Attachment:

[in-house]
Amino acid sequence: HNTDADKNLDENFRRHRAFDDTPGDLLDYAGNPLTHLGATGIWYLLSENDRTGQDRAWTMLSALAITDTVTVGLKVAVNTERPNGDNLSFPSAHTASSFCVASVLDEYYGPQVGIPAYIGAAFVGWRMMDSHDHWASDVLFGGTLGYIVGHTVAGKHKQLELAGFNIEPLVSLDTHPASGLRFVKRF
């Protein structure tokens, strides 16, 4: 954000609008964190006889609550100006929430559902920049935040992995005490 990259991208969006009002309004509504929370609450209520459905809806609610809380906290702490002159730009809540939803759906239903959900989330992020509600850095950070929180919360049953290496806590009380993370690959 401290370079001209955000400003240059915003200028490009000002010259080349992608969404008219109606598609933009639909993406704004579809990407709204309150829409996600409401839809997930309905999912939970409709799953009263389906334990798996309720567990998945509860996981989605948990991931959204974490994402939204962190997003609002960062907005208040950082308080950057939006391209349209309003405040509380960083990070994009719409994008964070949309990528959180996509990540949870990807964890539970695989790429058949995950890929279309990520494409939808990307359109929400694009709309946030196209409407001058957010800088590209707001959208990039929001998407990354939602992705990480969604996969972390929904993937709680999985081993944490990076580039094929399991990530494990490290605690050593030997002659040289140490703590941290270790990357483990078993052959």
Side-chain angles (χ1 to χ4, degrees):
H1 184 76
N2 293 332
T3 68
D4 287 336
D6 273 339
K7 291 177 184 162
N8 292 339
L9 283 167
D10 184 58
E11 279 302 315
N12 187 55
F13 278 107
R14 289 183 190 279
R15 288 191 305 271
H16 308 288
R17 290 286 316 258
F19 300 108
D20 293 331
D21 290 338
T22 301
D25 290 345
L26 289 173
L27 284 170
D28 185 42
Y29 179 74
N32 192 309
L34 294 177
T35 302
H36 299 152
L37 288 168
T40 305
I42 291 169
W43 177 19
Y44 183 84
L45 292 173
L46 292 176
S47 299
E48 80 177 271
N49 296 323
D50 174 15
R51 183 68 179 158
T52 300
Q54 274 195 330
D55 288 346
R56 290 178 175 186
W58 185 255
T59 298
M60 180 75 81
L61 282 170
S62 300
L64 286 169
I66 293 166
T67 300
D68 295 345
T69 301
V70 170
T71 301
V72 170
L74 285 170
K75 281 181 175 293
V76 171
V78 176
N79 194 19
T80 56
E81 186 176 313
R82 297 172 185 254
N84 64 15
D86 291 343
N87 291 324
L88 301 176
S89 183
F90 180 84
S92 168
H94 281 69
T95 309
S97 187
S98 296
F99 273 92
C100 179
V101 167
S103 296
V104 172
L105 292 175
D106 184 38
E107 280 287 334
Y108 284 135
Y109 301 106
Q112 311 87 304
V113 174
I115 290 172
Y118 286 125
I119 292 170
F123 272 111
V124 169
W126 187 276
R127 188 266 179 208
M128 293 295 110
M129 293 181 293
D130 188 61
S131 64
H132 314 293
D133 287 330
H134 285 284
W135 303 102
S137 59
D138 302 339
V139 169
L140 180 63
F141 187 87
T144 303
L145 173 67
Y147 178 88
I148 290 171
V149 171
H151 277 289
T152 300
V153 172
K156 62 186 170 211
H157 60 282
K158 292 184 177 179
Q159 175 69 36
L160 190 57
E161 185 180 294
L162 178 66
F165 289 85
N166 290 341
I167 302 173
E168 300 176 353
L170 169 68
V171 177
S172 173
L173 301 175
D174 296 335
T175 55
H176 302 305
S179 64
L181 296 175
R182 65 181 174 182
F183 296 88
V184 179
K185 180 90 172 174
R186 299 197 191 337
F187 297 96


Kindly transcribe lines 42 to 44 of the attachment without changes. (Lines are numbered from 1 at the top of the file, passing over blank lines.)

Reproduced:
E48 80 177 271
N49 296 323
D50 174 15